Politics

02.14.14

Christie and Wildstein: An Online Bromance

Before he became Chris Christie’s man at the Port Authority, David Wildstein was his de facto publicist online.

Today, he’s one of the key players in the George Washington Bridge scandal. But David Wildstein was once the anonymous force behind a powerful New Jersey political website that gave disproportionate attention to a heroic, Springsteen-loving “corruption buster” named Chris Christie.

Wildstein started the insidery PoliticsNJ.com in 2000. His rundown of must-know stories, The Inside Edge, reads like the early aughts' Jersey version of Politico’s Playbook. Sources—like U.S. Attorney Chris Christie—sent tips to politicsnj@aol.com.

Edge covered the future governor closely—through good times and missteps. And through it all, he provided Christie with what he ultimately needed most: publicity.

When PoliticsNJ.com began, Christie was an obscure, failed county legislator. Yet, he appeared as a Winner of the Week when he won a small legal victory against a former opponent. Wally Edge then followed Christie’s moves as he went on to fundraise for George W. Bush, frequently mentioning him in The Inside Edge.

Once Christie became U.S. attorney in 2002, Wally Edge’s coverage of Christie’s ascendance read like a Superman comic. In 2007, Wally Edge inexplicably asked his readers in a poll, “What should Chris Christie run for?” A 53 percent majority voted “He shouldn’t run for anything.” That same year, Wally Edge ran an item discussing Christie’s love for Bruce Springsteen, despite Magic, an album which both criticized the Republican in the White House and featured music that was not technically, um, good. Wally Edge soon put out an updated version of the post, including a direct quote from Christie talking about his unwavering support for Springsteen. “I love the new album. I love Bruce Springsteen as a performer. I can’t wait for the next show!!”

A quick scroll through the PoliticsNJ.com archives will tell you that Wildstein loved the politics game; that he was fascinated by the players; and that he also didn’t take it too seriously. The name Wildstein assumed, Wally Edge, belonged to a former governor of New Jersey who died in 1956. In September 2000, Wally Edge invited then-governor Christie Todd Whitman to his “127th birthday celebration.” He received a letter back from Whitman’s office, thanking him for his “kind invitation” but “regretfully” declining it. Edge published the letter on his site.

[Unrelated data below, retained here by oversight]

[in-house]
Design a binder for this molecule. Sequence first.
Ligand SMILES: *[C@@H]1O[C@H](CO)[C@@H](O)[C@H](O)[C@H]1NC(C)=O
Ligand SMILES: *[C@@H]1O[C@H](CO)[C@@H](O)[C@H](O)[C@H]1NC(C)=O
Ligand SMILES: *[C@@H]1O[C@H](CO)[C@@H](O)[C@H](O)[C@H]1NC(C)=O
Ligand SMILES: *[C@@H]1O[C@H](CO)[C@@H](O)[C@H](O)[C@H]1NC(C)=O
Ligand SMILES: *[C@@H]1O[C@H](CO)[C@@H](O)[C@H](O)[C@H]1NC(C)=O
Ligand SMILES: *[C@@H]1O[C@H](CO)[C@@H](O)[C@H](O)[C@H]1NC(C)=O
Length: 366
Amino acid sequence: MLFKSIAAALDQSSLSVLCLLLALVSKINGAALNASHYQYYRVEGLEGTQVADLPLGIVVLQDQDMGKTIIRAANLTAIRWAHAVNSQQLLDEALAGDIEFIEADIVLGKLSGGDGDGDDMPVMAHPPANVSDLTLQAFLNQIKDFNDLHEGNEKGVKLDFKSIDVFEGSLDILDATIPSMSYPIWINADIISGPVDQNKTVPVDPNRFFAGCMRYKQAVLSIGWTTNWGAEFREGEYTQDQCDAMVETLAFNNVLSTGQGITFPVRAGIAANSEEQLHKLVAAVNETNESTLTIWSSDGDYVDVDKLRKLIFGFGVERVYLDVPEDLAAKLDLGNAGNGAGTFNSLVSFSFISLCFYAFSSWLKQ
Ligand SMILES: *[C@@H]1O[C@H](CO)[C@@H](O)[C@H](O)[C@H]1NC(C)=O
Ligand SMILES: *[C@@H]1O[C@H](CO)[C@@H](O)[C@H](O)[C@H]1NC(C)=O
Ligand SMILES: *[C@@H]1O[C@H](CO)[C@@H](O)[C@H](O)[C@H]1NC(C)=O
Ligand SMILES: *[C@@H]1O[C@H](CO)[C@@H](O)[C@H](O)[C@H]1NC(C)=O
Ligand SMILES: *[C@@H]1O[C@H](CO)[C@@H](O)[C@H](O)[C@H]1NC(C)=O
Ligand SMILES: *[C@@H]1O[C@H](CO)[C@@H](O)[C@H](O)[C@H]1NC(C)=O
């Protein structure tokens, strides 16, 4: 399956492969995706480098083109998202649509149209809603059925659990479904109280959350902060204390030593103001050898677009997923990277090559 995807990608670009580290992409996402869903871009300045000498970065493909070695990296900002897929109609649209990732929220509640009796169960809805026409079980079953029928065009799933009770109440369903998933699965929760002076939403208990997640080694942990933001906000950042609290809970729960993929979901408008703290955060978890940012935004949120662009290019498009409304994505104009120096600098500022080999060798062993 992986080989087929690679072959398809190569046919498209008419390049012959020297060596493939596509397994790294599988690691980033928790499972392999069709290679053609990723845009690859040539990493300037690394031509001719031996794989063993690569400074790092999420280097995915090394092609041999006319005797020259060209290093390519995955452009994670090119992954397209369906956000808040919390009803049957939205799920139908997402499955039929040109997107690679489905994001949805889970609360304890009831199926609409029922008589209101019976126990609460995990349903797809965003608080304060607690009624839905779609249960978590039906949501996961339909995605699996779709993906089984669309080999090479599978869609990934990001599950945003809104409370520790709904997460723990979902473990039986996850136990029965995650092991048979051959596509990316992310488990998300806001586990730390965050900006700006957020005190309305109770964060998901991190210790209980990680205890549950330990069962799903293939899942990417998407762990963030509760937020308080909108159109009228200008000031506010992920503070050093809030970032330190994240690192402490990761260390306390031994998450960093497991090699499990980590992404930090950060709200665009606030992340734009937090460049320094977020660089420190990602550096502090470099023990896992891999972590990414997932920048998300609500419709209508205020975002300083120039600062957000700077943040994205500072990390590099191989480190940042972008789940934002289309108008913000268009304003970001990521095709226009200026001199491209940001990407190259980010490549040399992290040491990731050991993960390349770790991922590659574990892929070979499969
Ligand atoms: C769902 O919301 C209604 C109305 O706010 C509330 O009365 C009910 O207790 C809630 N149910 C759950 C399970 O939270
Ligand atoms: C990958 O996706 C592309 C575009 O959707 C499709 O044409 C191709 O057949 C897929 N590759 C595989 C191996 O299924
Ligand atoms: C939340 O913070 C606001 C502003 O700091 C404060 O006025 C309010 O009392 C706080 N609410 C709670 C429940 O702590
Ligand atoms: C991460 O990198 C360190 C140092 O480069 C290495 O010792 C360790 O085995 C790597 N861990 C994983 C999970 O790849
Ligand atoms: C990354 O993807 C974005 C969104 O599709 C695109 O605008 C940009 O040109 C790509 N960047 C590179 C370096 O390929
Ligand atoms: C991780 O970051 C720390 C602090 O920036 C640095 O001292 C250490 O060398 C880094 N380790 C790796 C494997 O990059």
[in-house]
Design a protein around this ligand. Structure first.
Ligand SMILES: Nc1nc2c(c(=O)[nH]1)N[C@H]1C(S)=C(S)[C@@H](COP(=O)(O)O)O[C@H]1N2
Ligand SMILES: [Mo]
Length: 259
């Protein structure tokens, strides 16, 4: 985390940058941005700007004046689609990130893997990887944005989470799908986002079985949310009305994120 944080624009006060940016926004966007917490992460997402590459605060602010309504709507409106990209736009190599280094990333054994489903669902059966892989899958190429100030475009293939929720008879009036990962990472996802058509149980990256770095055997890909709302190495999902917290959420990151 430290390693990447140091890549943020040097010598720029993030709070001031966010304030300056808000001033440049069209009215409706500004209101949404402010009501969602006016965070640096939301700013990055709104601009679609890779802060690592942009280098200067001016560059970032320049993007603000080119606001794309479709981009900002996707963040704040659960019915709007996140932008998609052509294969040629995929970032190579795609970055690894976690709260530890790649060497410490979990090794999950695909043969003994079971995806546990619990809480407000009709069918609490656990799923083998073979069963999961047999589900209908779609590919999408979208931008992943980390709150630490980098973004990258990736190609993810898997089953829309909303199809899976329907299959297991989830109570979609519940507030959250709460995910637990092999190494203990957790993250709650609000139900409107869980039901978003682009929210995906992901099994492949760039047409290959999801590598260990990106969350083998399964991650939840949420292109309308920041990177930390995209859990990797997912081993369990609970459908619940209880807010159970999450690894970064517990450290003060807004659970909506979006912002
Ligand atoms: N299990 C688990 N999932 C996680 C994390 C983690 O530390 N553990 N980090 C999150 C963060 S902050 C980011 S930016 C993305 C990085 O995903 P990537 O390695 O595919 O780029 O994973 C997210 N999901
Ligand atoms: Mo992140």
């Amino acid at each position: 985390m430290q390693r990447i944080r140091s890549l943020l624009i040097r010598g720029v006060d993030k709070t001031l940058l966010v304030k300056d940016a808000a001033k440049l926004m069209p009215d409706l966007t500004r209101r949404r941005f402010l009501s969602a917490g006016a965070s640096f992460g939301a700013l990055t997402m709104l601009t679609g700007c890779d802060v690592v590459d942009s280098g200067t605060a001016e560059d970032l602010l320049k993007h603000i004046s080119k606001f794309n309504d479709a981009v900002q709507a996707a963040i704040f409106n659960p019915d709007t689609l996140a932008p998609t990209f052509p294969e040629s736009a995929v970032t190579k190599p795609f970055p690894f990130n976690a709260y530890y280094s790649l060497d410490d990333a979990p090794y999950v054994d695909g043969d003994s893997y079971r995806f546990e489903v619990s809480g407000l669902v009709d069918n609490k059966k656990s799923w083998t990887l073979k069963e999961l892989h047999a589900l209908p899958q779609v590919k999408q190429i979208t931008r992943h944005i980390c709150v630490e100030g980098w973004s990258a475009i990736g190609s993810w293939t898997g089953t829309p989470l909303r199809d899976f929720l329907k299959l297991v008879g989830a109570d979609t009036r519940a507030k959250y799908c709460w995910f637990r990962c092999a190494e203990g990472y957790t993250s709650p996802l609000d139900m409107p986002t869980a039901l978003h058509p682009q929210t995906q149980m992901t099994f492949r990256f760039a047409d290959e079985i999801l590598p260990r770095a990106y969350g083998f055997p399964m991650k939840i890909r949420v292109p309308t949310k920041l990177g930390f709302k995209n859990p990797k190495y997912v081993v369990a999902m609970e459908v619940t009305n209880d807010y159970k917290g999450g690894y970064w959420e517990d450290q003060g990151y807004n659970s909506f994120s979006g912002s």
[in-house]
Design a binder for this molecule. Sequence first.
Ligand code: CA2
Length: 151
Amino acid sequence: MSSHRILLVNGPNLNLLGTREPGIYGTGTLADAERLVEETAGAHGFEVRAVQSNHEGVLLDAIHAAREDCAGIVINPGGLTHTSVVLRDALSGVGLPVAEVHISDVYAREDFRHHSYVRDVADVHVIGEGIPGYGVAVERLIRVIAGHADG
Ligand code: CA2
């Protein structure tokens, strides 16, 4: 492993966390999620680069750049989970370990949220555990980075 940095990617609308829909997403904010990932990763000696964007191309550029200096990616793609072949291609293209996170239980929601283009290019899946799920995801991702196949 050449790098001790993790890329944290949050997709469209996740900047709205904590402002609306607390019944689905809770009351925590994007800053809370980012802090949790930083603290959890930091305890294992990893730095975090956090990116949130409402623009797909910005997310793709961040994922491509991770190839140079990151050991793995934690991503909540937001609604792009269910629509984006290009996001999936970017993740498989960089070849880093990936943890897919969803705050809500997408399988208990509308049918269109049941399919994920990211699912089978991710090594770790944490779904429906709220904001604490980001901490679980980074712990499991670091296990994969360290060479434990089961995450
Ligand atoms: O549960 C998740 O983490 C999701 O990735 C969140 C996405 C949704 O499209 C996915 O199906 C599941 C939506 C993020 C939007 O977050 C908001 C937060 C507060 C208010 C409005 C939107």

Wildstein unofficially retired from PoliticsNJ.com in 2010, and was brought on as director of interstate projects for the Port Authority by Christie-appointee Bill Baroni—by that point, the secret that Wildstein was Wally Edge was out.

Once the future governor became U.S. attorney in 2002, Wildstein’s coverage of Christie’s ascendance read like a Superman comic.

Wildstein’s job at the Port Authority did not exist before he took it. The leader of the Bridgegate investigation, Assemblyman John Wisniewski, told me that Wildstein’s job was not typical. “You don’t respond to an ad on Craigslist to get that job,” he said. The position was perfect for someone who was “viewed as very close to the administration and willing to do the administration’s bidding—not a rogue agent or independent player. You don’t get to that position by being an independent operator who tells the governor, ‘I think you’re wrong’—that’s not how it happens.”

When the facts about the lane closures on the George Washington Bridge that created traffic hell in Fort Lee failed to add up, Wildstein was subpoenaed by the Transportation Committee chaired by Wisniewski. Wildstein resigned from the Port Authority on Dec. 6, 2013. A few weeks later, on Dec. 23, his attorney turned over documents. They contained within them evidence that not only did Wildstein help orchestrate a bogus traffic study, but that he was taking orders from inside Gov. Christie’s office. When Wildstein was questioned by the committee in January, he pleaded the Fifth. Since then, Wildstein has threatened—in vague terms through his lawyer—to flip on Christie.